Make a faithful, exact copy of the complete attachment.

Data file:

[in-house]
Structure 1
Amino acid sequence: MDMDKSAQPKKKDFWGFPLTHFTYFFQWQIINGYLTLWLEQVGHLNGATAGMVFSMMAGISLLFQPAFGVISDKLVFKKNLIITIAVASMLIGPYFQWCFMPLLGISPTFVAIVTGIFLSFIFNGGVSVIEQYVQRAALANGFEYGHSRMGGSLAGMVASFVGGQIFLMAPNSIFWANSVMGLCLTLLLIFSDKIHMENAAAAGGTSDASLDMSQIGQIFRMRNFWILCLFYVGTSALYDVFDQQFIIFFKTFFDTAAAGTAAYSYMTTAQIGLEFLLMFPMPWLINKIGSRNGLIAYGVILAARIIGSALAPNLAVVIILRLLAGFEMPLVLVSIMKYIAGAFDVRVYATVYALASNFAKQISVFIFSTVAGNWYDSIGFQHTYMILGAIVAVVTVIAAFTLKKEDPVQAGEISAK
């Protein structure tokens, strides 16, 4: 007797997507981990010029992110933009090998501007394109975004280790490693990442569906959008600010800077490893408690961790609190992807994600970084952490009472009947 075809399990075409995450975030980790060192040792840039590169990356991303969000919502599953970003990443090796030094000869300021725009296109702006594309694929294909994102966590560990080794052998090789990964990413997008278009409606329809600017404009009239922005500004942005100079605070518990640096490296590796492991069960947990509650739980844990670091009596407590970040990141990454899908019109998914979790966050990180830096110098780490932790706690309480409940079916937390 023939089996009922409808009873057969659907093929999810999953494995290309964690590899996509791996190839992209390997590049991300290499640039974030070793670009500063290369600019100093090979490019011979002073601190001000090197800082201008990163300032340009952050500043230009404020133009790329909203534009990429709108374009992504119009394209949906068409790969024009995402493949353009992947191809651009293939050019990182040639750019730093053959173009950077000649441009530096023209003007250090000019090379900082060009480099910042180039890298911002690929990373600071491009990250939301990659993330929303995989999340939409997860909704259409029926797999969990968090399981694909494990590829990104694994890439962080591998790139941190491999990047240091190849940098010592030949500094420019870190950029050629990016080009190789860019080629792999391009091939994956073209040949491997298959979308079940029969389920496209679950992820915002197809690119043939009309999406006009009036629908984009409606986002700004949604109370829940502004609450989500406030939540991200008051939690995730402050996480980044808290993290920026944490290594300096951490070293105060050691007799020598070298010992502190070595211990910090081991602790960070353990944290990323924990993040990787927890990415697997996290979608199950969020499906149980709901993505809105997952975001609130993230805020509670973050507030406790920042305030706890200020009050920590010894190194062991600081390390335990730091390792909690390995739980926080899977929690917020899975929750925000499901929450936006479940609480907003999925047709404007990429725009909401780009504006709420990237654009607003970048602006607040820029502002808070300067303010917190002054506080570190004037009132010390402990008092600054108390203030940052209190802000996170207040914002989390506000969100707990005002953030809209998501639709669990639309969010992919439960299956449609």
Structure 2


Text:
[in-house]
Structure 1
Amino acid sequence: MDMDKSAQPKKKDFWGFPLTHFTYFFQWQIINGYLTLWLEQVGHLNGATAGMVFSMMAGISLLFQPAFGVISDKLVFKKNLIITIAVASMLIGPYFQWCFMPLLGISPTFVAIVTGIFLSFIFNGGVSVIEQYVQRAALANGFEYGHSRMGGSLAGMVASFVGGQIFLMAPNSIFWANSVMGLCLTLLLIFSDKIHMENAAAAGGTSDASLDMSQIGQIFRMRNFWILCLFYVGTSALYDVFDQQFIIFFKTFFDTAAAGTAAYSYMTTAQIGLEFLLMFPMPWLINKIGSRNGLIAYGVILAARIIGSALAPNLAVVIILRLLAGFEMPLVLVSIMKYIAGAFDVRVYATVYALASNFAKQISVFIFSTVAGNWYDSIGFQHTYMILGAIVAVVTVIAAFTLKKEDPVQAGEISAK
């Protein structure tokens, strides 16, 4: 007797997507981990010029992110933009090998501007394109975004280790490693990442569906959008600010800077490893408690961790609190992807994600970084952490009472009947 075809399990075409995450975030980790060192040792840039590169990356991303969000919502599953970003990443090796030094000869300021725009296109702006594309694929294909994102966590560990080794052998090789990964990413997008278009409606329809600017404009009239922005500004942005100079605070518990640096490296590796492991069960947990509650739980844990670091009596407590970040990141990454899908019109998914979790966050990180830096110098780490932790706690309480409940079916937390 023939089996009922409808009873057969659907093929999810999953494995290309964690590899996509791996190839992209390997590049991300290499640039974030070793670009500063290369600019100093090979490019011979002073601190001000090197800082201008990163300032340009952050500043230009404020133009790329909203534009990429709108374009992504119009394209949906068409790969024009995402493949353009992947191809651009293939050019990182040639750019730093053959173009950077000649441009530096023209003007250090000019090379900082060009480099910042180039890298911002690929990373600071491009990250939301990659993330929303995989999340939409997860909704259409029926797999969990968090399981694909494990590829990104694994890439962080591998790139941190491999990047240091190849940098010592030949500094420019870190950029050629990016080009190789860019080629792999391009091939994956073209040949491997298959979308079940029969389920496209679950992820915002197809690119043939009309999406006009009036629908984009409606986002700004949604109370829940502004609450989500406030939540991200008051939690995730402050996480980044808290993290920026944490290594300096951490070293105060050691007799020598070298010992502190070595211990910090081991602790960070353990944290990323924990993040990787927890990415697997996290979608199950969020499906149980709901993505809105997952975001609130993230805020509670973050507030406790920042305030706890200020009050920590010894190194062991600081390390335990730091390792909690390995739980926080899977929690917020899975929750925000499901929450936006479940609480907003999925047709404007990429725009909401780009504006709420990237654009607003970048602006607040820029502002808070300067303010917190002054506080570190004037009132010390402990008092600054108390203030940052209190802000996170207040914002989390506000969100707990005002953030809209998501639709669990639309969010992919439960299956449609």
Structure 2